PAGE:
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Friday, April 9, 2010

That's it. We're done.

My wife had a pretty difficult week after a couple of visits to the dentist. Keeping up with the media and blogs and all the discussion about the Philly invasion was out of the question. So I got a good chuckle yesterday about the sixth inning or so when she turned to me in our seats in section 133 and said:

"What the hell is with all the Phillies fans? Are we the only Nationals Fans here?"

From our seats, it was easy to think that way. I'd guess, conservately, that our section, the three to our right and two to our left were 90 percent Phillies fans. They were out in force but other than one yelling "Nationals Fans SUCK" during introductions, we have no complaints. Probably a dozen shook my hand on the way out, said congrats and "hang in there." One said, "Be patient, the Nats will get there." He couldn't answer when I asked when and didn't seem to care when I explained this was the start of my sixth year of patience. I'm running out of time here.

We decided on our way out that we wouldn't be going back. It has nothing to do with the experience. It was a totally fine day with my family. We're not going back because we want to retire unbeaten for a season. Last year, we didn't see our first win until early May. Only way to keep that zero on our 2010 loss record is to stay away.

Our ballpark experience was like it's always been since the move to Nats Park. If there's anything new, we didn't notice. The team store looked almost barren for some reason. Nothing struck me as a must have. I went with my usual food (Hard Times). The kids loaded up on dogs outside the gate but made Uncle Stan happy by drinking several eight-dollar beers. I won't drink ballpark beer. No way I'll pay eight bucks for ONE beer.

One interesting moment that I hope wasn't caught on tape:

When they shot those t-shirts into the stands, one of them landed about five rows in front of me in the aisle. Showing a nimbleness I didn't know I still had, I set off after the shirt. So did a woman who looked to be about my age, coming from the other direction. She was smiling, I was smiling. My kids were yelling. I got there first. Boo-YAH! I still got it!

That's when I picked up on what my kids were saying. There was a third competitor for the shirt, a young man who was probably six or so. The kids were yelling, "DAD, GET OUT OF THE KID'S WAY!"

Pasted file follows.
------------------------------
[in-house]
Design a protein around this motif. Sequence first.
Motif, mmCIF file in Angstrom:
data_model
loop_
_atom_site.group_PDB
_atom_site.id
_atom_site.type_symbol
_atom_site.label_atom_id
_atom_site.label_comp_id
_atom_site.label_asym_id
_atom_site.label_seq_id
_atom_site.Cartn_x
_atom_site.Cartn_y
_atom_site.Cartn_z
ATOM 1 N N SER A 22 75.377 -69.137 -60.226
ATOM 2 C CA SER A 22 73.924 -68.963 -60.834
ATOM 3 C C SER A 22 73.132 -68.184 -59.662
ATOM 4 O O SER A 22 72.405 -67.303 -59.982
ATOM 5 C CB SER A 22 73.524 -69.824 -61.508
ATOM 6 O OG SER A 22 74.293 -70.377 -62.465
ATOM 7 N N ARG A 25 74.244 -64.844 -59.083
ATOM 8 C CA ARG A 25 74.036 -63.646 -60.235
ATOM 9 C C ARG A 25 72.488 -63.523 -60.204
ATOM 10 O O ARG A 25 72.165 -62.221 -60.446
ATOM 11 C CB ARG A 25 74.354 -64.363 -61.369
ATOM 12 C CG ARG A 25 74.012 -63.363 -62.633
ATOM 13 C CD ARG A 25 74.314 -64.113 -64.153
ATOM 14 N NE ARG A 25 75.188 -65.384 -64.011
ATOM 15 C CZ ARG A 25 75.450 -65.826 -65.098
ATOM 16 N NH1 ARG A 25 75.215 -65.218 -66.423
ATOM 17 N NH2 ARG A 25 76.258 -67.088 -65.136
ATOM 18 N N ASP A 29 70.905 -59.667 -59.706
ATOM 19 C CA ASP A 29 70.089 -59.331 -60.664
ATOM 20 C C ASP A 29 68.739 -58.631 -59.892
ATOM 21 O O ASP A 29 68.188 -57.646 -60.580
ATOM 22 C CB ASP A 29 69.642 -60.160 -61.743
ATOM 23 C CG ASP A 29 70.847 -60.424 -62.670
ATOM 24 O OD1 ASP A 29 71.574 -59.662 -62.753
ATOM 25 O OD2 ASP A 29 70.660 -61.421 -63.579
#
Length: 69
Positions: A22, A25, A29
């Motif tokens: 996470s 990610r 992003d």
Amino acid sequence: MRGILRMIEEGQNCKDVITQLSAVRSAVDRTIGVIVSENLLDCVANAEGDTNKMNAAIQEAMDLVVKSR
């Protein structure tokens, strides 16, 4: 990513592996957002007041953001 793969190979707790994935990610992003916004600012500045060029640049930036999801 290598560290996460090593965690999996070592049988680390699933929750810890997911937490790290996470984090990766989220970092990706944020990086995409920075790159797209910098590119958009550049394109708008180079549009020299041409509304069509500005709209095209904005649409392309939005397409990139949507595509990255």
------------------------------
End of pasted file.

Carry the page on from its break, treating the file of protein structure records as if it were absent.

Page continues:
Oops. Please don't be on the video screen blocking out a first-grader.

I did the honorable thing and gave the shirt to the kid (no way that would make the screen). Told him it was all his, I just want to see if I could still move at my age. We both laughed.

Ah, but that's not the end of it.

Five minutes later, he taps me on the shoulder and says, "Sir, thanks for the shirt. You can have this."

He handed me a sausage that felt like a brick. They actually do put sausages in the shirts?? I hate to be a naysayer about anything free but UCK. It was nasty. My son did manage to eat half of it despite my wife begging him not to even try.

They can't put a coupon for a free fresh, hot sausage in there?

I didn't get a good look at the shirt. I dig t-shirts. Is it small of me to admit I'm sitting here wondering if I should of kept it? Kidding, kidding.


(j)on said...

Little known fact, you can trade the t shirt dogs for fresh sausages, especially as they wrap those things up quite a while before the game. The more you know...
the nats report

MikeHarris said...

Really? I would have been all over that.
Should have told the young man, "Hey, I wore myself out acing you on that shirt so how 'bout getting me a fresh one?"

Tom Kopacz said...


Yeah, you should have kept the shirt. :)

natsfan1a said...

Giving the shirt to the kid was the right move. One time we went to a Cubs game while visiting my Chicago baseball buddy. This 20-something guy cut off a kid in a race for a foul ball, and kept it despite the exhortation of many fans who observed it (myself included). He was with a 20-something gal. I found myself fantasizing that it was a first date, and that she'd dump him for not observing the give-it-to-the-kid tradition. :-)

That's valuable info on the trade-in possibilities, Jon.